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Wellness programs reduce costs



Banks find fitness pays back



Wellness programs reduce costs



Long before the Affordable Care Act, rising healthcare costs led many banks to invest in wellness programs with the thought that healthier employees would lead to lower healthcare costs.

This logic has proved correct.

“We do see that employees that participate in our wellness program, on average, have lower claims and costs overall than compared to nonparticipants,” says Megan Thom, senior analyst in benefits at $17.1 billion-assets First National Bank, Omaha, Neb., which has had a wellness program for 15 years.

Sound Community Bank, Seattle, Wash., which self insures employees and has offered a wellness program for seven years, also has noticed a decline in costs. “I’ve tracked the last six years of per capita healthcare costs,” says Laurie Stewart, president and CEO of the $492 million-assets bank, “and every year but one our costs have gone down. The one year they went up, we just happened to have a whole bunch of babies.” In Sound Community’s best year, the bank boasted a 12% reduction in costs.

These decreases in costs are directly correlated to an increase in participation, so banks make sure to incentivize participants, most commonly through a discount in the healthcare premium.

Many banks go beyond just a simple premium reduction, however, recognizing that the program must be fun and appealing to keep employees engaged.

“The goal with any of this wellness activity is to make sure you keep your finger on the pulse of the employees,” says James Miller, human resources director at $1.1 billion-assets Bank of Ann Arbor, Mich., which also self insures employees and whose wellness program helped the bank see a 6% reduction in costs from 2013 to 2014. “If you start adding things that they don’t want to do, they won’t participate and then you’re just wasting your money. I try to keep it fun.”

Smartphones, wearable devices, and online portals are some of the biggest influences shaping wellness programs today, and many banks have instituted a points system that rewards participants for reaching certain goals or points totals for things like steps, food, sleep habits, and more. Some banks have even made their discounted healthcare premiums dependent on a goal or points total. Employees are able to track their progress and points online or through a device like a Fitbit or smartphone. “People really seem to like that, because they can keep score throughout the course of the year,” says Miller.

While employees are engaged in competition with themselves to reach certain goals, banks recognize the need for a social component to these programs. “We also cover a spouse or significant other or partner, because we know that people do a better job of staying with an exercise or fitness program if they do it with somebody else,” says Stewart.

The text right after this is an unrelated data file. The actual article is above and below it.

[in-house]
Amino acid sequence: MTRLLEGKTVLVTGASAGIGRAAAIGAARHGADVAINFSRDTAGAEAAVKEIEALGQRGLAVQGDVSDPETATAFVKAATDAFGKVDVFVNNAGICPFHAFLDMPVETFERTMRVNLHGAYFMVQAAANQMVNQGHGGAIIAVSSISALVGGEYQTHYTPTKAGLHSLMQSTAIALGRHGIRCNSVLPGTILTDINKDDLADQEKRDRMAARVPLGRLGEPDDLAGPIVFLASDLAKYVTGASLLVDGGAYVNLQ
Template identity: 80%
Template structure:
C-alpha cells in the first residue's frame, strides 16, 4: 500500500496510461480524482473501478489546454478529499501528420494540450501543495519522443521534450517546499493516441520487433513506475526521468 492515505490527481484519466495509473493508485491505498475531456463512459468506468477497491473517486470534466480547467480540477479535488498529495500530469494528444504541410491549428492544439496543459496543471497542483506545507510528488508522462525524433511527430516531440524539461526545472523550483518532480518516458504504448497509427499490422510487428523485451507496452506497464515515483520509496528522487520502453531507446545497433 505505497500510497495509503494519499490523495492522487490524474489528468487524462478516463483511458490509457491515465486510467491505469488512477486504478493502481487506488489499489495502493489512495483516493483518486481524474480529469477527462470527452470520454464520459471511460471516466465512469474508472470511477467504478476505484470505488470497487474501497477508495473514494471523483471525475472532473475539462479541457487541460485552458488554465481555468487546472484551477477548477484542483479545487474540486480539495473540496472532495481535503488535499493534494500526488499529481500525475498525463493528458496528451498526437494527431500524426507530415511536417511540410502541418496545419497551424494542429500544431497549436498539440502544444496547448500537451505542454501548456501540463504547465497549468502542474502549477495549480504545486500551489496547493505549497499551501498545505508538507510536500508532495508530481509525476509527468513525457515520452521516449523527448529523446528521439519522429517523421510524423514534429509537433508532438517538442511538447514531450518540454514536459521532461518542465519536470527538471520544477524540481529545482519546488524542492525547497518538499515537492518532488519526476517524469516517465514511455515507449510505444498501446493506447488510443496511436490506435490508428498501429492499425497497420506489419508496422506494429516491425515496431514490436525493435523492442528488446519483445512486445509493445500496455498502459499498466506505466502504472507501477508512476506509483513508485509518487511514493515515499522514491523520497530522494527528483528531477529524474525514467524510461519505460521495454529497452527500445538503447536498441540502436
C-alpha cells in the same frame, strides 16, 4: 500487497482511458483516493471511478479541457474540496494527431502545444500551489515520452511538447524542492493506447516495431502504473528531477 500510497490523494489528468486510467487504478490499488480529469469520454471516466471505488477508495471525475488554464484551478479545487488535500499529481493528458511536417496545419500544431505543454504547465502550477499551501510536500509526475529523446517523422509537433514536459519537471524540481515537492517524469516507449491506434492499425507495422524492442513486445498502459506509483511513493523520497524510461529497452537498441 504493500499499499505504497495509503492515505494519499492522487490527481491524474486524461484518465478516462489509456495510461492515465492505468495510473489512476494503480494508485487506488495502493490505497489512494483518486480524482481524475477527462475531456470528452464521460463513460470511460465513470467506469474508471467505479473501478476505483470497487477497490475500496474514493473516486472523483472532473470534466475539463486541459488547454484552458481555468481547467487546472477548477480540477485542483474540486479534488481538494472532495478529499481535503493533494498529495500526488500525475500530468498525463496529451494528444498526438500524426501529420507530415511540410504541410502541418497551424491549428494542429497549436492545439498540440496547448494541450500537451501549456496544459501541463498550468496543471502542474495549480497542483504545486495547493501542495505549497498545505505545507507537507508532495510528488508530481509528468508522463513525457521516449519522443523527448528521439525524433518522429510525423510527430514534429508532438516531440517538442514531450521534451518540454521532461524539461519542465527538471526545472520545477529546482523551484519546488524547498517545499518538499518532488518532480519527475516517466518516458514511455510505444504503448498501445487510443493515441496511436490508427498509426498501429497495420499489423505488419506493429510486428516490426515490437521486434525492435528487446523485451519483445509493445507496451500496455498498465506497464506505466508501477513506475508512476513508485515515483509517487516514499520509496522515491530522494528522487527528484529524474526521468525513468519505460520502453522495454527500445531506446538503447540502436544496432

First National Bank recently partnered with a third party to create an in-house social networking tool that helps employees connect. “One of the main components around people’s well-being is being able to be socially connected to those who have the same interests that they do. But in large organizations, it can be hard to find people that have similar interests,” says Thom. “The social tool really allows our employees to form communities.”

Education is as important as the activities, so that workshops and “lunch and learns” on various health and wellness topics also prove popular. “We believe that people are at different stages in terms of their readiness to change, and so our program offers a big component around education to give people different ways of engaging based on where they are,” says Thom.

All these offerings aim at increased participation, but top-to-bottom involvement also is important. “It absolutely makes a difference to hear your executive management team talking about its importance and encouraging people to participate in the program,” says Mariano “JR” Pimentel, human resources development officer at $1.6 billion-assets Bristol County Savings Bank, Taunton, Mass. “That sends a very loud and clear message that this isn’t just something they want frontline employees to do; this is something that everyone needs to do. It becomes a part of departmental activities and the bank’s culture.”

Ashley Bray

Ashley Bray is a contributing editor of Banking Exchange and has written on a number of subjects ranging from insurance to fraud to personal profiles. She is also the associate editor of Sign Builder Illustrated magazine, a how-to publication covering the sign industry. She graduated from Fordham University with a Bachelor’s Degree in English.

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